Coordinates: 38°0′N 78°25′W / 38.000°N 78.417°W / 38.000; -78.417

Monticello AVA
Wine region
Type American Viticultural Area
Year established 1984[1]
Years of wine industry 30
Country USA
Part of Virginia
Growing season 211 days
Climate region Humid subtropical/maritime in highlands
Soil conditions Granite-based clay
Total area 800,000 acres (323,749 ha)[2]
Varietals produced Cabernet Franc, Cabernet Sauvignon, Chambourcin, Chardonnay, Gewurztraminer, Malbec, Merlot, Muscat Canelli, Muscat of Alexandria, Norton, Orange Muscat, Petit Manseng, Petit Verdot, Pinot gris, Pinot noir, Riesling, Rkatsiteli, Sauvignon blanc, Seyval blanc, Syrah, Tannat, Touriga Nacional, Traminette, Vidal blanc, Viognier, Zinfandel[3]
No. of wineries 24

The Monticello AVA is an American Viticultural Area located in the central Piedmont region of the Commonwealth of Virginia. It is named for Monticello, the historic home of Thomas Jefferson, located near the center of the area. The Monticello AVA includes most of the counties of Albemarle, Greene, Orange, and Nelson. The area is nestled along the eastern slopes of the Blue Ridge Mountains and encompasses the small ridge known as the Southwest Mountains. There are approximately 30 varieties of grapes grown in the Monticello AVA. However, the most notable grapes grown in the area include Cabernet Franc, Chardonnay and Viognier. The hardiness zone is 7a except in some higher vineyards which are 6b.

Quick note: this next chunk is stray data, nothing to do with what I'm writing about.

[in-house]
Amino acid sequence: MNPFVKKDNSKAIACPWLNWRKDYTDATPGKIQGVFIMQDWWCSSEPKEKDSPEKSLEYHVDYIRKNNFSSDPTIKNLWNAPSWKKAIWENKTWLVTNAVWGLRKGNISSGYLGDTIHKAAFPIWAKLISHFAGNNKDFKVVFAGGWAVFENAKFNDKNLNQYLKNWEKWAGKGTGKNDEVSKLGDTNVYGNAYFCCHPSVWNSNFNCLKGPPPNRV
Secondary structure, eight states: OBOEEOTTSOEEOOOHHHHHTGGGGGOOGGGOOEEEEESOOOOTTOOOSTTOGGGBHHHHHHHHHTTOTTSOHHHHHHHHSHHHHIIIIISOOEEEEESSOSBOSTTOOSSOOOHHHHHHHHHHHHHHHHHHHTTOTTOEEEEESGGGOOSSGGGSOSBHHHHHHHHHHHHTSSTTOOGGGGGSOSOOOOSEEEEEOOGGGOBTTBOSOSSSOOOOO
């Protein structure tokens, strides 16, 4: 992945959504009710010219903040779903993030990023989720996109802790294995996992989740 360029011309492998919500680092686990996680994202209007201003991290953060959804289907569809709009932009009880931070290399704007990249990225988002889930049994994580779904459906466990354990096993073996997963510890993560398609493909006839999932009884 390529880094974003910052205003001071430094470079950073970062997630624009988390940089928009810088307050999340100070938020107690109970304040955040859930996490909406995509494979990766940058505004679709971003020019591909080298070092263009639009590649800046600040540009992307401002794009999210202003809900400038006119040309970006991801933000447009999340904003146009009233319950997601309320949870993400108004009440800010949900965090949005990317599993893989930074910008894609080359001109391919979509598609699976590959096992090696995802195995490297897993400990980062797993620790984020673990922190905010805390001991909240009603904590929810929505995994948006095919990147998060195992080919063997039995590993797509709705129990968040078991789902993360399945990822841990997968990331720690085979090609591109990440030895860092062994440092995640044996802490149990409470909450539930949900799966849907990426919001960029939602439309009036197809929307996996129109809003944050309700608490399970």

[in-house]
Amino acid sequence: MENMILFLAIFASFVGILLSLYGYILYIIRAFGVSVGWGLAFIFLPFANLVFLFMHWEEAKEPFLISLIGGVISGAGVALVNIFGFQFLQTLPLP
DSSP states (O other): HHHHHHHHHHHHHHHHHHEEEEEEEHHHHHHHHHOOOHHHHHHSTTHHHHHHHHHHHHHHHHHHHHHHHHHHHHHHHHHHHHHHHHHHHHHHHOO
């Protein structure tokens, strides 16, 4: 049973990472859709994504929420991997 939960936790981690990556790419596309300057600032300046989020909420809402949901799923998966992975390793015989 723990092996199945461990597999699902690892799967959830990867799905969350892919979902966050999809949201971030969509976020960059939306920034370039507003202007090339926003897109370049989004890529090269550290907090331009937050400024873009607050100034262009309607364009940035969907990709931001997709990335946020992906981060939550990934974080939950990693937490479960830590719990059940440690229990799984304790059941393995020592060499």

The earliest recorded attempts at winemaking in the area occurred in the 1770s, when Thomas Jefferson provided financial support to Italian winemaker, Phillip Mazzei, who made a small quantity of wine from the native grapes, but without much success. Jefferson gave Mazzei significant acreage less than 1 mile (1.6 km) south of Monticello for the purpose of growing grapes. The area was planted in 1774. In 1776, with the advent of the Revolutionary war, Jefferson and George Washington dispatched Mazzei back to Italy to solicit war funding from the Duke of Tuscany. As was the practice at that time, Mazzei rented his home, in this instance to the Hessian cavalry officer Friedrich Adolf Riedesel, a prisoner of war who had been captured at Saratoga and was imprisoned in the Charlottesville barracks. Riedesel moved his entire staff up to Mazzei's home and turned their horses out to pasture in the infant vineyards. The vineyards were destroyed.


  1. ^ Code of Federal Regulations. "§ 9.48 Monticello." Archived 2012-02-12 at the Wayback Machine. Title 27: Alcohol, Tobacco and Firearms; Part 9 — American Viticultural Areas; Subpart C — Approved American Viticultural Areas. Retrieved Jan. 31, 2008.
  2. ^ Wine Institute, The (2008). "American Viticultural Areas by State". Retrieved Jan. 31, 2008.
  3. ^ Appellation America (2007). "Monticello (AVA): Appellation Description". Retrieved Jan. 30, 2008.

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